These principles are statements of how the world is. They’re particularly useful to practising leadership.
This is emotional intelligence at work‘s revision (correction, in truth) of an NLP presupposition.
Although we think we are saying something particular, if the other person misunderstands it, their misunderstanding is the message they have taken from our communication. It’s the only possible message they could take. This may seem problematic, or even unfair but this apparently perverse principle is worth sticking with.
Think of situations when someone is communicating with you. In truth a part of the communication is subconscious so, by definition, you’re not aware of it. And a lot of the remaining conscious communication is non-verbal so difficult to discuss. Nevertheless, when you’re receiving communication from someone, you can only interpret it according to your own abilities: knowledge of language, experience of other people’s communication, own world view and so on. If the other person’s communication requires you to know or understand stuff which you just don’t, you will substitute what you do know and understand as best you can. Again, this is partly a subconscious process, so you’re not aware you’re doing it.
A classic example is when then prime minister Margaret Thatcher was widely quoted as saying “There is no such thing as society”. Although her apologists to this day insist she was quoted out of context and she meant something else entirely, the message that most people got was “There is no such thing as society”. [More on this.]
This might seem flatly to contradict the first principle, but it doesn’t because meaning and outcome aren’t the same things.
This is saying that, notwithstanding the commentary on the above principle, when we communicate we are only too clear about what we mean. In particular, our words might say one thing, but the broader spectrum of conscious non-verbal communication, and of subconscious communication are actually communicating something else which the recipient is only too capable of picking up.
So, in the above example, one might surmise that Thatcher actually did believe that there is no such thing as society and the recipients of the message saw through what was ostensibly communicated to what was really meant.
A lot of the difficulties these two principles illustrate can be avoided by applying the precept, “Trust others with what is on your mind”. In other words, set your intention to communicate clearly what you really mean, and the other person will pick it up.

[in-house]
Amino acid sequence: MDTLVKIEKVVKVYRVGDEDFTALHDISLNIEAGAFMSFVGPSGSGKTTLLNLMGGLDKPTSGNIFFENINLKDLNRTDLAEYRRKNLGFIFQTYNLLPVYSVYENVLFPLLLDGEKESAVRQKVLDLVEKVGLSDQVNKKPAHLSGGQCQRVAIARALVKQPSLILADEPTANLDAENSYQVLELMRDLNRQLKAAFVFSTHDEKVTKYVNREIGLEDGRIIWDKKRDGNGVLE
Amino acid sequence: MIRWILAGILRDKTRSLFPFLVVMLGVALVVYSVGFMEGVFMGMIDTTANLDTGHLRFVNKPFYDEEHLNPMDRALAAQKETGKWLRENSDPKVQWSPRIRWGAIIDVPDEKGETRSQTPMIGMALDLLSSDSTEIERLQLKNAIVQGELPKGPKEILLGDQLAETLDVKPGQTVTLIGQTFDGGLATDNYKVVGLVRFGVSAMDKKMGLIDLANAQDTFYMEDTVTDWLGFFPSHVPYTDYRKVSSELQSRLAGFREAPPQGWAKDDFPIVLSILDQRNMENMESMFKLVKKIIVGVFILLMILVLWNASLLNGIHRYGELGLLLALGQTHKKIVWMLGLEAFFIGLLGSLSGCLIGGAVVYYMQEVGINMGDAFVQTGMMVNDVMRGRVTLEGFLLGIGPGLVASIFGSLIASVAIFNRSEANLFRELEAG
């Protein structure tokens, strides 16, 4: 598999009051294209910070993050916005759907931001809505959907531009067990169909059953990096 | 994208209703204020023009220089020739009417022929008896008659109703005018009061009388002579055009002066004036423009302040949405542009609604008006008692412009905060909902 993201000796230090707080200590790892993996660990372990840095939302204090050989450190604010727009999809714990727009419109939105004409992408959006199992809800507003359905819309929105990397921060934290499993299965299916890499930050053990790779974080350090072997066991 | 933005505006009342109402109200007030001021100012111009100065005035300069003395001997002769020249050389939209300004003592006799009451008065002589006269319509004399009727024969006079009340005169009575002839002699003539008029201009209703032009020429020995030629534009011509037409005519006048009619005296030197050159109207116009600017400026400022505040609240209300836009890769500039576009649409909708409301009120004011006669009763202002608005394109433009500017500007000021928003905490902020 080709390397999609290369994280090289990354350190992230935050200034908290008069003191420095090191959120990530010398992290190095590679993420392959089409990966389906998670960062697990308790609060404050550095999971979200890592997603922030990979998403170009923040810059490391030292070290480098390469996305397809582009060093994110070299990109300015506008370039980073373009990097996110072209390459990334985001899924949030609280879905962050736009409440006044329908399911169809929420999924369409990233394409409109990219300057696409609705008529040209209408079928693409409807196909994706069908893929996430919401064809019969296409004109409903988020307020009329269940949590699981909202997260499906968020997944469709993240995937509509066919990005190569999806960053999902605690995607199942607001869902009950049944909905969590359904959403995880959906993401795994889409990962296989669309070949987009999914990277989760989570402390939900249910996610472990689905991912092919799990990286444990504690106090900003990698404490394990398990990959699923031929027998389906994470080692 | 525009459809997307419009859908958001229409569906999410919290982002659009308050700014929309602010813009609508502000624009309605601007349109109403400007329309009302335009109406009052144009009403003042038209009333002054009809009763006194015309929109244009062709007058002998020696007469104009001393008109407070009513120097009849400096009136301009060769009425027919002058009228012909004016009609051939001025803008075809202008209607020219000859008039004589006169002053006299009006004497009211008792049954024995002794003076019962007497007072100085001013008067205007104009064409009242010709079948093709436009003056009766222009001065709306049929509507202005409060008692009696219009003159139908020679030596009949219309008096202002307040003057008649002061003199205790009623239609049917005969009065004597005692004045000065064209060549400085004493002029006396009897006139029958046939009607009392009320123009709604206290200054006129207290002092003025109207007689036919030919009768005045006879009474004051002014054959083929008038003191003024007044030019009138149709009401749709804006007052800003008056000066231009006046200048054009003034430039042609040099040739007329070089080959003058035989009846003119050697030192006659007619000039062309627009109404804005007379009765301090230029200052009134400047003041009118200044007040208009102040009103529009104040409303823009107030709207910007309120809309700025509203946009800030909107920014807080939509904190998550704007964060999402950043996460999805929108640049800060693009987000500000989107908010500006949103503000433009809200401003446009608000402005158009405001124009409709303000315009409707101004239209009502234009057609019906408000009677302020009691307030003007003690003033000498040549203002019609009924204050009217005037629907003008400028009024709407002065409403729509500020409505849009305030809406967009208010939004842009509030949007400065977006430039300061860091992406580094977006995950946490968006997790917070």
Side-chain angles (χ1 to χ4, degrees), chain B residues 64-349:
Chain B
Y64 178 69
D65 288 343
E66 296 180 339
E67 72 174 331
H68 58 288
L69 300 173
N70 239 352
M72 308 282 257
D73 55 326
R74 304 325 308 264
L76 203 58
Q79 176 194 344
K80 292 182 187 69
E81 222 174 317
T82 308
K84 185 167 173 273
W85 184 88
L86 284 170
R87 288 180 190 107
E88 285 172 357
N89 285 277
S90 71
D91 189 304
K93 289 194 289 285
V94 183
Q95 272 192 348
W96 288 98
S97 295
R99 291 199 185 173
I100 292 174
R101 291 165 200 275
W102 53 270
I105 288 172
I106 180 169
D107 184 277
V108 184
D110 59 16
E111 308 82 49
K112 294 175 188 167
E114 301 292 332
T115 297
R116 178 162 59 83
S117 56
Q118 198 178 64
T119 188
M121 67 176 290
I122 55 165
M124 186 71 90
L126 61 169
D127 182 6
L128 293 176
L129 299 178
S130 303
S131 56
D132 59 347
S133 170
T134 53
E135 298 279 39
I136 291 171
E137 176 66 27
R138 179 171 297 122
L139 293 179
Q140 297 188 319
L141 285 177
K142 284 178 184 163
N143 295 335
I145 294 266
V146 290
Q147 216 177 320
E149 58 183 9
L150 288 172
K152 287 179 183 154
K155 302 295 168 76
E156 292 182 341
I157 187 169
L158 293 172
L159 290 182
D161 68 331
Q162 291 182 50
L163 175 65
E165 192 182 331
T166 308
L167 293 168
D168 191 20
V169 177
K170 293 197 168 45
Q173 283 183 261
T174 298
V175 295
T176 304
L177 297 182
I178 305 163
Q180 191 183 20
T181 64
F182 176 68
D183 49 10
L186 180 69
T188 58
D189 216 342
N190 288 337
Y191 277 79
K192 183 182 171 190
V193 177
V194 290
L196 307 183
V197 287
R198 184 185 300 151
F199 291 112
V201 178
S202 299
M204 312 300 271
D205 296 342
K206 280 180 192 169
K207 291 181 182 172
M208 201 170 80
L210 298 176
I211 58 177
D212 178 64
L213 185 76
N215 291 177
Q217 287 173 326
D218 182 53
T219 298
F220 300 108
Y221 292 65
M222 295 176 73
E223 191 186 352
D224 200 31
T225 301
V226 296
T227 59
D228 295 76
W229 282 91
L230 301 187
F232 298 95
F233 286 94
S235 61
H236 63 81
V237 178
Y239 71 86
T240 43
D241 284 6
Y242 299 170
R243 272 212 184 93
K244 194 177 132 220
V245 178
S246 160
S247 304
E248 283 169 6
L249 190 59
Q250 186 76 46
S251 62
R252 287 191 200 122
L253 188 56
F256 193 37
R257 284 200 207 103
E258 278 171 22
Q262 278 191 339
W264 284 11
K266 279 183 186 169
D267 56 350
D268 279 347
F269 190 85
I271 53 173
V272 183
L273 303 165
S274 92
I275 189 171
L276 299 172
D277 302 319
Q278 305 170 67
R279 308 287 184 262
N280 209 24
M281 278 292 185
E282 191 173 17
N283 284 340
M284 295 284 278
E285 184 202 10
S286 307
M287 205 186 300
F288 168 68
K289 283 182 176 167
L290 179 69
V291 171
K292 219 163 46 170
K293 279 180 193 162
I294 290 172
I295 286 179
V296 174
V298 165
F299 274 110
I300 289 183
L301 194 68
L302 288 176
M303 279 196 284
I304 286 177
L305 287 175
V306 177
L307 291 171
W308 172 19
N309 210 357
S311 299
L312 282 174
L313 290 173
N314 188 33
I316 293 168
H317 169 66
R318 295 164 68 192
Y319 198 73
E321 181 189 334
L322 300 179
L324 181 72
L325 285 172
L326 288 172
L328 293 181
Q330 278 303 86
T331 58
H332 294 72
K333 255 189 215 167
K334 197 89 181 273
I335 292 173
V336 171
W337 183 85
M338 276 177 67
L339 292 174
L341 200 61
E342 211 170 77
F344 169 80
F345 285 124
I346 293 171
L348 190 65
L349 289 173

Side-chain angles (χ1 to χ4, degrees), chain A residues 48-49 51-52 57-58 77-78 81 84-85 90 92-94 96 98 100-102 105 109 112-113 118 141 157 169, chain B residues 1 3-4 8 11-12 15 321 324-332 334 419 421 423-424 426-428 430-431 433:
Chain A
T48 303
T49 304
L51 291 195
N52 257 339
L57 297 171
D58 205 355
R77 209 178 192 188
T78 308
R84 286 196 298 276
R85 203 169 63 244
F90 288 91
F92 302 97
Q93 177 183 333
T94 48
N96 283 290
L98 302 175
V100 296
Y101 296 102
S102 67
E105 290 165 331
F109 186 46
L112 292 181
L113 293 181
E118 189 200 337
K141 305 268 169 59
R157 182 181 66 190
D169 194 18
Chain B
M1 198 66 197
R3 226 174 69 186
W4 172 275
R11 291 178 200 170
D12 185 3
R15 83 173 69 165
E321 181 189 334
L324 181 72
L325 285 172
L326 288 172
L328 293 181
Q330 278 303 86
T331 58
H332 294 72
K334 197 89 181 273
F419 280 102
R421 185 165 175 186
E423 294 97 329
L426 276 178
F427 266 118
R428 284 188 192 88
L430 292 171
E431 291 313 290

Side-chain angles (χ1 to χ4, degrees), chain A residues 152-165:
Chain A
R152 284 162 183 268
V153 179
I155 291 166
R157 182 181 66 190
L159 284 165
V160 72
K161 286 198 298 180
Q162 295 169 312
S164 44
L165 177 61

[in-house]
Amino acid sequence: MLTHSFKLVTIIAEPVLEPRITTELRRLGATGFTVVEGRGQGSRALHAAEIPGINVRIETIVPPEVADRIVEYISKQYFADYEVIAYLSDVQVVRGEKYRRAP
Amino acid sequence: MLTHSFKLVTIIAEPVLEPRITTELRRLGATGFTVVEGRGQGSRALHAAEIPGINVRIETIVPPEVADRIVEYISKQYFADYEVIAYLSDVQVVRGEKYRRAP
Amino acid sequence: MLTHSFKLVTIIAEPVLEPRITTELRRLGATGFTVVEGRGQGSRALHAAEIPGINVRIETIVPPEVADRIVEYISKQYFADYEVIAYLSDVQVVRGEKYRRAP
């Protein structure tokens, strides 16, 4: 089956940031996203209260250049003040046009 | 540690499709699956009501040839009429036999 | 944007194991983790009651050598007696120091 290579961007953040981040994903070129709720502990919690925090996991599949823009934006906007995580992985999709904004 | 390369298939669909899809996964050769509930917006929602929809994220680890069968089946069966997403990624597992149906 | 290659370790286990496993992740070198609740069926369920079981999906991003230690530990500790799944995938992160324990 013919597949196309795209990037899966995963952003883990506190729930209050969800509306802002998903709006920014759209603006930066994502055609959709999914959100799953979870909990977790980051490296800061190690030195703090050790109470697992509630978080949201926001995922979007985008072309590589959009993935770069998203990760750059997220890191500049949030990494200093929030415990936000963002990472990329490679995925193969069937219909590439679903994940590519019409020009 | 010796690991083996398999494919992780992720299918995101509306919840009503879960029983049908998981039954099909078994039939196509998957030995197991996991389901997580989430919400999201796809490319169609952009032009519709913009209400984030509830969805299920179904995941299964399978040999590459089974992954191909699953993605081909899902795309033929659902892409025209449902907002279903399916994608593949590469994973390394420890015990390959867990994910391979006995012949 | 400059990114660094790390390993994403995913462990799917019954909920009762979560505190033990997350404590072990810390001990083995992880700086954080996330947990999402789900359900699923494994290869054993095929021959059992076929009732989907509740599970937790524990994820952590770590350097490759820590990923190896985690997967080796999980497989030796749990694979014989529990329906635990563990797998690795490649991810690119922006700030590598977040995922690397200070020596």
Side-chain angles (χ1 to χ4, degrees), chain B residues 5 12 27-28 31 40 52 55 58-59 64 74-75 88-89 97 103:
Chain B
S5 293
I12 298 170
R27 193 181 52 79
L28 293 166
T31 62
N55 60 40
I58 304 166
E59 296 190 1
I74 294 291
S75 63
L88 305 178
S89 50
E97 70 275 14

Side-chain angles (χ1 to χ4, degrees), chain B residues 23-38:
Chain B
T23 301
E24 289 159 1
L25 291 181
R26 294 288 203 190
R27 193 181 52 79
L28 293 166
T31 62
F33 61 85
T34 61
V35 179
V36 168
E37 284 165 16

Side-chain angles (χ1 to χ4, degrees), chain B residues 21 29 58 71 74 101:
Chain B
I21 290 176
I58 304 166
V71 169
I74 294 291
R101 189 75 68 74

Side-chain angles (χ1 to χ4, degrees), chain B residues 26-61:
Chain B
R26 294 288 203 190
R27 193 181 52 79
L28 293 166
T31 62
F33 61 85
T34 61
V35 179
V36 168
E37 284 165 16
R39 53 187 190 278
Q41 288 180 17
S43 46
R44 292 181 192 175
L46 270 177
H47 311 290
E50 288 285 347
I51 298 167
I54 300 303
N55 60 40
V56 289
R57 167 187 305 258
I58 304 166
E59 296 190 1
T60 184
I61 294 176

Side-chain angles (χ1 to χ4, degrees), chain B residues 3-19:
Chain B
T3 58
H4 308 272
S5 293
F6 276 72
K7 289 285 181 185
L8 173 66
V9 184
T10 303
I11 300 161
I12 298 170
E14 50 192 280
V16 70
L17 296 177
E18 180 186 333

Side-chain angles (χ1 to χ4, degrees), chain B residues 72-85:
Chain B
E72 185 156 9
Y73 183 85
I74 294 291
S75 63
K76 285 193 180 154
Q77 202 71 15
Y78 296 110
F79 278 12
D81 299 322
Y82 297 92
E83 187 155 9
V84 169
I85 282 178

By independence, Chuck Spezzano isn’t referring to autonomy or self-sufficiency. He is referring to the type of independence which shows up in attitudes such as “if you want something done, you have to do it yourself” and “it’s lonely at the top”. These are deeply unhelpful to leadership.
Attack invites attack; but defence does too because it signals that there is something worth defending. People like openness in others and they’re suspicious of the opposite. Interestingly, whenever there is a spate of teenager on teenager knife crime in the UK, teachers, the police and politicians with one voice urge teenagers not to carry knives in defence.
Like the previous principle, this comes from Chuck Spezzano, though it can be widely found in other writers. This can be a difficult one to accept when one is on the receiving end of an attack. It comes about because we can only criticise or judge in other people that which we criticise and judge in ourselves. So, an attack on me is an attack on something in me the other person judges in themselves. Wanting to attack something in oursleves is a (destructive) way of trying to change it.
At one level, this is a statement of the obvious (since the origin of a problem cannot be in the future, and is unlikely to be in the very present moment which is already in the past even as we experience it). However, when leaders need to address their own problems, it is as well to be curious just how far back in the past their origin lies. It is unlikely to be in the lifetime of the current job, for example.
Mutuality seeks to create win/win solutions. Again, this might seem an obvious principle, but it is important, particularly in the light of the next one…